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Flap over fountain forces San Francisco mayor to reconsider Apple Store plans

Apple's plans to move its flagship San Francisco retail outlet may have hit a slight bump, as the city's mayor has said that he'd like to reconsider the plan for the store after critics asserted that its construction would call for the removal of a local landmark.

San Francisco mayor Ed Lee said on Thursday that he hadn't previously realized that Apple's proposed Union Square store would call for the removal of a 40-year-old fountain in the plaza behind the store, reports the San Francisco Chronicle. The mayor has indicated that he plans to visit the plaza again in order to see if the fountain can coexist with Apple's new store.

"We weren't necessarily focused on that side," Lee said of the Stockton Street plaza where the fountain is. Lee says he will need to "take a look and visualize" how the fountain would work with Apple's proposed raised, narrow plaza between its store and the Grand Hyatt.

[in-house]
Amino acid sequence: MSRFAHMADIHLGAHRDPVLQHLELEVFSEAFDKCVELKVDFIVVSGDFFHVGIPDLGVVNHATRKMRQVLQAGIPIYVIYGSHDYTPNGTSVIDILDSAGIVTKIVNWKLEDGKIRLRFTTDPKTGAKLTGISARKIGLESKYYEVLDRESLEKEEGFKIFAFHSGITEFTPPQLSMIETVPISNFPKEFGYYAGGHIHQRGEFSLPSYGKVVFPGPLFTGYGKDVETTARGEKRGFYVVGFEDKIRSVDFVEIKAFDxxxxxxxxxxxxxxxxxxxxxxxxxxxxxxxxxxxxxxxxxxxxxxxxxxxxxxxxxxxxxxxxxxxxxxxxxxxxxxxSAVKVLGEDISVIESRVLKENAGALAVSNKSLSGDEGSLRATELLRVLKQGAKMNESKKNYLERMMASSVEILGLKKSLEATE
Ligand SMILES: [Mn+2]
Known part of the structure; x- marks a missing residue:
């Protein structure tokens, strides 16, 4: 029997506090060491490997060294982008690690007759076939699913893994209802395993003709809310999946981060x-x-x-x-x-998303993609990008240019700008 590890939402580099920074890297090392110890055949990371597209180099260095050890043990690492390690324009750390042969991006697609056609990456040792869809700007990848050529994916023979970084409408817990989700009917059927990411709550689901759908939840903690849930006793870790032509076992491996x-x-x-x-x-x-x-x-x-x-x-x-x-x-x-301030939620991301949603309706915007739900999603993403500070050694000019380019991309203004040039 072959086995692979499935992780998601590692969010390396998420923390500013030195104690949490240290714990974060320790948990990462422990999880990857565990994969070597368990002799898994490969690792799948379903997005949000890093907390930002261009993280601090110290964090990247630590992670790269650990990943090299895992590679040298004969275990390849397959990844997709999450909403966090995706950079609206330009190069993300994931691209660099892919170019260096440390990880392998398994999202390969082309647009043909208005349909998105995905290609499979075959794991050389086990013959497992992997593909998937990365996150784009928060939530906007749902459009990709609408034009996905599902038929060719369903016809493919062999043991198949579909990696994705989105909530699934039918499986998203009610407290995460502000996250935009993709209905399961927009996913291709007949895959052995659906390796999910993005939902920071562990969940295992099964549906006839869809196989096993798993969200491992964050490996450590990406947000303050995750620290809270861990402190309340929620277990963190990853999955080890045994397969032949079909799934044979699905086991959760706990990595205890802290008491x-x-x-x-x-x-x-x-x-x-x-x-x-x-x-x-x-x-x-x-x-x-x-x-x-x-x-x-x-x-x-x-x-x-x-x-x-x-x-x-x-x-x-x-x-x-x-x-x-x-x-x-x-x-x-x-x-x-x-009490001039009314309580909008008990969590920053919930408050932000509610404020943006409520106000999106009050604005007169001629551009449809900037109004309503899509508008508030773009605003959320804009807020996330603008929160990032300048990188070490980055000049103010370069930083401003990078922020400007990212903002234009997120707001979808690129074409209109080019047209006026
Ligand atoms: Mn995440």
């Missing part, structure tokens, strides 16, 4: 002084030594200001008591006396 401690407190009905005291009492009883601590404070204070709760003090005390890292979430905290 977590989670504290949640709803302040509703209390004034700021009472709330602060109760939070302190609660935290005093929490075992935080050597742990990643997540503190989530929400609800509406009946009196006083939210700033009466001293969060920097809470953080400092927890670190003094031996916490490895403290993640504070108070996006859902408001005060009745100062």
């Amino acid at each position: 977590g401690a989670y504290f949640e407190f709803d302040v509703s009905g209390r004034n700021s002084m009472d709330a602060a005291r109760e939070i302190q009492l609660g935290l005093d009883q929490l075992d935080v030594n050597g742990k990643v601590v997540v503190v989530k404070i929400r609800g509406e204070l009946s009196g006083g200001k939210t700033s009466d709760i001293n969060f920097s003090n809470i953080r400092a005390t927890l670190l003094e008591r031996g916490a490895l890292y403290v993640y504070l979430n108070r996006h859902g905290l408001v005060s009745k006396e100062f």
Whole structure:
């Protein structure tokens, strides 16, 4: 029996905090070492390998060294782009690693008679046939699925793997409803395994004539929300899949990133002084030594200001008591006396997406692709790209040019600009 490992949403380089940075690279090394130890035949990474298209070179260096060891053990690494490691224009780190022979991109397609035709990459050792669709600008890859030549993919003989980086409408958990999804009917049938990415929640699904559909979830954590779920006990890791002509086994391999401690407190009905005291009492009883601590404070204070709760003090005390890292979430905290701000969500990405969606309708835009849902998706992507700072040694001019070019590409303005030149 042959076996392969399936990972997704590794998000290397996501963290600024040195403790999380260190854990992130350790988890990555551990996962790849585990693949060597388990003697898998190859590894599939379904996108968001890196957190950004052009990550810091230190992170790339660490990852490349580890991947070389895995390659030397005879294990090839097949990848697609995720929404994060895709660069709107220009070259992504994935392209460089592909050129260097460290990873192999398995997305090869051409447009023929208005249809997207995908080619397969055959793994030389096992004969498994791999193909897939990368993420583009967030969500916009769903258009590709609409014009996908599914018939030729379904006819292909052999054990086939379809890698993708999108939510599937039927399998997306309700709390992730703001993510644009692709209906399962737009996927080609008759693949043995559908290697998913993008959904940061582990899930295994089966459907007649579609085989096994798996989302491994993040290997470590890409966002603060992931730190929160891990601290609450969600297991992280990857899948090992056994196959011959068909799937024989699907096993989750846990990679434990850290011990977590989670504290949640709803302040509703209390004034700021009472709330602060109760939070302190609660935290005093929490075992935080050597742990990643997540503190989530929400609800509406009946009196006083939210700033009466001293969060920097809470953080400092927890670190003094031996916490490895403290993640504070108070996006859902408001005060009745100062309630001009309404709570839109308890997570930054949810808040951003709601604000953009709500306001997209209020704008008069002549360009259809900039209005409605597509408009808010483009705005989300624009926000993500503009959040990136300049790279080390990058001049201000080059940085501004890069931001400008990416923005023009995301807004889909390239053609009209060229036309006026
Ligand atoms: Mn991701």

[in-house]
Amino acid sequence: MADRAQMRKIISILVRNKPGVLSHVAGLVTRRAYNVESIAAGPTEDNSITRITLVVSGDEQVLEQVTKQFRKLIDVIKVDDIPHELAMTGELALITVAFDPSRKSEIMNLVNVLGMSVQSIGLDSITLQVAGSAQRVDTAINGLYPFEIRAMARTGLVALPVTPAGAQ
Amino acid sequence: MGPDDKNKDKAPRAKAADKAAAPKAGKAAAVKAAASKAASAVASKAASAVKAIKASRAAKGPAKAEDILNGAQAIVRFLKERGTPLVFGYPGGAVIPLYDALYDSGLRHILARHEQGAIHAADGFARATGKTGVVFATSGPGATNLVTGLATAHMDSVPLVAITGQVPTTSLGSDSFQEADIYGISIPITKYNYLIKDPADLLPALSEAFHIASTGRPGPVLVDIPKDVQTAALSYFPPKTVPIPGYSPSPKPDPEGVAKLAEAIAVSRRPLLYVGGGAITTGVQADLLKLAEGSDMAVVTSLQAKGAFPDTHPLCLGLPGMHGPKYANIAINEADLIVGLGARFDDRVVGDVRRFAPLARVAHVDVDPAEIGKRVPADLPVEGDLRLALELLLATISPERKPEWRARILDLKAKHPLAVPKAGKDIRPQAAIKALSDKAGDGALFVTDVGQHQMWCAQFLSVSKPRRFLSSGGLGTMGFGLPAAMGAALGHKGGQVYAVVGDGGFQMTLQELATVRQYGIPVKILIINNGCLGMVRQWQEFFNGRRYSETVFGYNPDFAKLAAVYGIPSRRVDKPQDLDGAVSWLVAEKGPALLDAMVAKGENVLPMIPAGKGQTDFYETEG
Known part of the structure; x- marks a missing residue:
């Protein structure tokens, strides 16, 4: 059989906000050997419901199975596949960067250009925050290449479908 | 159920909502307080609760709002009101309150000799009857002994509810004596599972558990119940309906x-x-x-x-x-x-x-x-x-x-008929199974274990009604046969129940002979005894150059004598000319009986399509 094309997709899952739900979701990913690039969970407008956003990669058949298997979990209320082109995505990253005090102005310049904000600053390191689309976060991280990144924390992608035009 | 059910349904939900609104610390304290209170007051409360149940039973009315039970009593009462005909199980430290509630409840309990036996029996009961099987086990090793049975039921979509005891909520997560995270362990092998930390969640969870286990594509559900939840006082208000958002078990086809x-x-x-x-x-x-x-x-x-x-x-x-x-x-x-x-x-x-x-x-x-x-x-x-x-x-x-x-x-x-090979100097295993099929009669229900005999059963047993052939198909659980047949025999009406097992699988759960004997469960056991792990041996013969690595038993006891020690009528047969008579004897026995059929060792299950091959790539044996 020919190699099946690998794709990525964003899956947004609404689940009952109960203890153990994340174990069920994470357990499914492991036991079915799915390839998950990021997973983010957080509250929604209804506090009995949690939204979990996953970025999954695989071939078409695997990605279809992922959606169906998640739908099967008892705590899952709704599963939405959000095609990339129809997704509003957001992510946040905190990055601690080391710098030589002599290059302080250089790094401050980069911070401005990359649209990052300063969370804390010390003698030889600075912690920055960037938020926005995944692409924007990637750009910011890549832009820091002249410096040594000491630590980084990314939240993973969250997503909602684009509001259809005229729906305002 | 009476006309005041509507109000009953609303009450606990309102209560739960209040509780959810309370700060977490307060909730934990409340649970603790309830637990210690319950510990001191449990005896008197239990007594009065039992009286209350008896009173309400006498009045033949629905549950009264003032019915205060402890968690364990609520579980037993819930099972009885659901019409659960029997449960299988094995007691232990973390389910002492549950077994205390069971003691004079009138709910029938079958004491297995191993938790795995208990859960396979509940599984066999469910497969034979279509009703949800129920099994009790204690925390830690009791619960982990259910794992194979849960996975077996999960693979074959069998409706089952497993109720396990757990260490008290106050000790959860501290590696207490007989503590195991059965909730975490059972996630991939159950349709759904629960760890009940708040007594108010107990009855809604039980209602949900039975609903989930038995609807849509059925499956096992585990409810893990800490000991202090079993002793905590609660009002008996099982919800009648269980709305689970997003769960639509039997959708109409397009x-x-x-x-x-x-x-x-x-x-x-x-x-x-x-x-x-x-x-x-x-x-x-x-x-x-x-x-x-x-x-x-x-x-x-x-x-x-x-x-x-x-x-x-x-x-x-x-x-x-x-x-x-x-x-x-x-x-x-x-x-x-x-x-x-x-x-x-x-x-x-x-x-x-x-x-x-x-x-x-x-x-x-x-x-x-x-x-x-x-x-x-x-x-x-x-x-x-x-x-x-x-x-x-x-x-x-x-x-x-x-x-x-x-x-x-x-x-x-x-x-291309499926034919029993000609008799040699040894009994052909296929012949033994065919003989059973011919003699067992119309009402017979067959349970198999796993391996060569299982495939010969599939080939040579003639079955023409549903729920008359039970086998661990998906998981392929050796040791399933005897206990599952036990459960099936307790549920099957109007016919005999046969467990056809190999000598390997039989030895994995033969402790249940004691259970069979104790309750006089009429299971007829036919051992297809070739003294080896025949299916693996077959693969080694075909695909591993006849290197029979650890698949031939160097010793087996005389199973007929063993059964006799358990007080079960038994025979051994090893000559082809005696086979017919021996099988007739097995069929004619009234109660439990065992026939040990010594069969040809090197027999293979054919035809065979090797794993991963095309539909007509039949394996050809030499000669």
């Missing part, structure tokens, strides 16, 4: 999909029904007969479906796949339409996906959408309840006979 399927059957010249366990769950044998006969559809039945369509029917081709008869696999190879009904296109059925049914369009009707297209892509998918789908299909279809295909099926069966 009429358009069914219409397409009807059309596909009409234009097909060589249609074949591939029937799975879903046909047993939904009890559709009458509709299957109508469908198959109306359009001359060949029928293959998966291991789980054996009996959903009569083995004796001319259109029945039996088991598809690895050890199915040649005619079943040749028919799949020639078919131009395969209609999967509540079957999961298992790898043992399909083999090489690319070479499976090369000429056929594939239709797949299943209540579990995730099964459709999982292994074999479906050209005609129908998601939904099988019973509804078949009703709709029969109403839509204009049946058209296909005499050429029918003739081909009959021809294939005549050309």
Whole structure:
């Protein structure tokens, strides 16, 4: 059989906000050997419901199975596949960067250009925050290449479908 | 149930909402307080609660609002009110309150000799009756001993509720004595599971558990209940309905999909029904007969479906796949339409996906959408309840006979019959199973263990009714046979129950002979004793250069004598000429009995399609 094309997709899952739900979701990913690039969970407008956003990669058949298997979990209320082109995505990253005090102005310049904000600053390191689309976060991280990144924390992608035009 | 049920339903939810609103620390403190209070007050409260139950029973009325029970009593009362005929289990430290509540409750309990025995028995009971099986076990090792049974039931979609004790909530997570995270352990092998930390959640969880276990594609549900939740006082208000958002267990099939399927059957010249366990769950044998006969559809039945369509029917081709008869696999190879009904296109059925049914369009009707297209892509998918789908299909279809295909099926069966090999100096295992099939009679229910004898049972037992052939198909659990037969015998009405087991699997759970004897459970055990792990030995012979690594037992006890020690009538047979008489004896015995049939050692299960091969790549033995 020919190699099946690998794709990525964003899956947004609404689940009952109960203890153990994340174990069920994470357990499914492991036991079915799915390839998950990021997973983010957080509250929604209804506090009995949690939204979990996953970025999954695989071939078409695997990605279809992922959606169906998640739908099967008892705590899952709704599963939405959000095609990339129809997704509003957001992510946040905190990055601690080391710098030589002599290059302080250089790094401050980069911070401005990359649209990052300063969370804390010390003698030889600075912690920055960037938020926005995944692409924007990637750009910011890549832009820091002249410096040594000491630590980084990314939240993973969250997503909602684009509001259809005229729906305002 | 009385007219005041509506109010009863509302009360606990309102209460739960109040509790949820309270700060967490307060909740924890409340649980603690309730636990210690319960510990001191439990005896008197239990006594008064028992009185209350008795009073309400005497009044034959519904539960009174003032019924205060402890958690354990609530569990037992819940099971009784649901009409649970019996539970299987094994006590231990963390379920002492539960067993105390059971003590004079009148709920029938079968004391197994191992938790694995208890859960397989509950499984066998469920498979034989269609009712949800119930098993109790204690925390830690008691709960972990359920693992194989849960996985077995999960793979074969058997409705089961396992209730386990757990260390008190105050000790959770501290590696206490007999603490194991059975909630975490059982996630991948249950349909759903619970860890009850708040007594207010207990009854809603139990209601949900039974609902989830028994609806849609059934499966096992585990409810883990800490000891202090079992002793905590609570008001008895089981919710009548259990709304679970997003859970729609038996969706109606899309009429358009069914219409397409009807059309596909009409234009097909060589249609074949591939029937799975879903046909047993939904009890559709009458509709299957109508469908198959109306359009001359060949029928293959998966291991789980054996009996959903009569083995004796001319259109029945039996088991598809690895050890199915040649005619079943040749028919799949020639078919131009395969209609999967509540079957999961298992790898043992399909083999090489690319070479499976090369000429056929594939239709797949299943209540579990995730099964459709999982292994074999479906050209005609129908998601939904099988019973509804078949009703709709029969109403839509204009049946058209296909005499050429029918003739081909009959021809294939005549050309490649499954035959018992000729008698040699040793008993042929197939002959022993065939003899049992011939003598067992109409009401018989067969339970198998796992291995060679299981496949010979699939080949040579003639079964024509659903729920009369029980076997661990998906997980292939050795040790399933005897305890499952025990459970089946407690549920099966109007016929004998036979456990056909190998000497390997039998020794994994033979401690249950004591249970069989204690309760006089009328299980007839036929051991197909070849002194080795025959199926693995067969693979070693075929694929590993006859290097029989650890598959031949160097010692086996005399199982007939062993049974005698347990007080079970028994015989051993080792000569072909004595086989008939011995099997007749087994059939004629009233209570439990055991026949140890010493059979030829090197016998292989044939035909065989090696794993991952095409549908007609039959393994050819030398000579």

Also at issue, the 80-foot blank wall along Stockton Street that makes up the Apple Store's rear facade. The blank wall goes against San Francisco's emphasis on street-level experience, as the critic who first pointed out the plan's impact on the fountain also noted.


On Tuesday, Chronicle design critic John King drew attention to the fountain issue and criticized the design of the store. Calling the Foster + Partners-designed space "a box that would look at home in Anymall, U.S.A.," King pointed out that Apple's plans for the plaza would also displace a bronze fountain that has been in the plaza for 40 years.

The fountain, designed by Ruth Asawa, displays a map of San Francisco done in stylized relief form. King, contrasting the fountain with the "Anymall" look of the proposed Apple Store, said that the fountain "could exist nowhere else but here."

Apple revealed its plans to relocate its flagship store from Stockton and Ellis to Union Square earlier this month. The new location will be 45 percent larger than the current flagship store.

Apple has not yet commented on Mayor Lee's remarks. The Grand Hyatt Hotel, which owns the plaza and the fountain, says it's too premature to address any potential changes to Apple's proposal.